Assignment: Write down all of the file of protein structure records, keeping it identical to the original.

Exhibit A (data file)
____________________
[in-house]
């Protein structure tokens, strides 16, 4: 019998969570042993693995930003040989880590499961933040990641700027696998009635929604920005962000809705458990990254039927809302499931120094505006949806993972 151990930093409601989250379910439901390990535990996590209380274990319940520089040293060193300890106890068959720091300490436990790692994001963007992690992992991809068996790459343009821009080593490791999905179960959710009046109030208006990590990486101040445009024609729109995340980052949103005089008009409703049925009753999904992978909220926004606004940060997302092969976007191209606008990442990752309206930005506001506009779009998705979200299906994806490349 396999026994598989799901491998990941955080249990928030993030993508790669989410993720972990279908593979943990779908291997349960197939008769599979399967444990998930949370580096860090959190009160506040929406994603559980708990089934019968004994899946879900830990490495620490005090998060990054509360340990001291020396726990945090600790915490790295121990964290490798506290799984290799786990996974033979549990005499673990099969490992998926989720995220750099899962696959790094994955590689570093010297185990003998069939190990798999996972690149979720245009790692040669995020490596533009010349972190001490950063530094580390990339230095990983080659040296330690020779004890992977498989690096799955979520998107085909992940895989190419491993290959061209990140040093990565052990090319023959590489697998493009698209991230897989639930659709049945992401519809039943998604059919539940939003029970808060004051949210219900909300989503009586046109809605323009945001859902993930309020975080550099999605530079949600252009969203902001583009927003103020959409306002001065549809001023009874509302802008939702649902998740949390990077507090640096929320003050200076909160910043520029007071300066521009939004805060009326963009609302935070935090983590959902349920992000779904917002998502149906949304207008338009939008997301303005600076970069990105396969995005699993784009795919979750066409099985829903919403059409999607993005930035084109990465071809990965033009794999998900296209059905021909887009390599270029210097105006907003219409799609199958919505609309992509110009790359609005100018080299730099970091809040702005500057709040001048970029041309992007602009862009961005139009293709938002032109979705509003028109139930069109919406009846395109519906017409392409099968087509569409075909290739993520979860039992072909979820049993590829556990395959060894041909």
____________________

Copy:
[in-house]
């Protein structure tokens, strides 16, 4: 019998969570042993693995930003040989880590499961933040990641700027696998009635929604920005962000809705458990990254039927809302499931120094505006949806993972 151990930093409601989250379910439901390990535990996590209380274990319940520089040293060193300890106890068959720091300490436990790692994001963007992690992992991809068996790459343009821009080593490791999905179960959710009046109030208006990590990486101040445009024609729109995340980052949103005089008009409703049925009753999904992978909220926004606004940060997302092969976007191209606008990442990752309206930005506001506009779009998705979200299906994806490349 396999026994598989799901491998990941955080249990928030993030993508790669989410993720972990279908593979943990779908291997349960197939008769599979399967444990998930949370580096860090959190009160506040929406994603559980708990089934019968004994899946879900830990490495620490005090998060990054509360340990001291020396726990945090600790915490790295121990964290490798506290799984290799786990996974033979549990005499673990099969490992998926989720995220750099899962696959790094994955590689570093010297185990003998069939190990798999996972690149979720245009790692040669995020490596533009010349972190001490950063530094580390990339230095990983080659040296330690020779004890992977498989690096799955979520998107085909992940895989190419491993290959061209990140040093990565052990090319023959590489697998493009698209991230897989639930659709049945992401519809039943998604059919539940939003029970808060004051949210219900909300989503009586046109809605323009945001859902993930309020975080550099999605530079949600252009969203902001583009927003103020959409306002001065549809001023009874509302802008939702649902998740949390990077507090640096929320003050200076909160910043520029007071300066521009939004805060009326963009609302935070935090983590959902349920992000779904917002998502149906949304207008338009939008997301303005600076970069990105396969995005699993784009795919979750066409099985829903919403059409999607993005930035084109990465071809990965033009794999998900296209059905021909887009390599270029210097105006907003219409799609199958919505609309992509110009790359609005100018080299730099970091809040702005500057709040001048970029041309992007602009862009961005139009293709938002032109979705509003028109139930069109919406009846395109519906017409392409099968087509569409075909290739993520979860039992072909979820049993590829556990395959060894041909």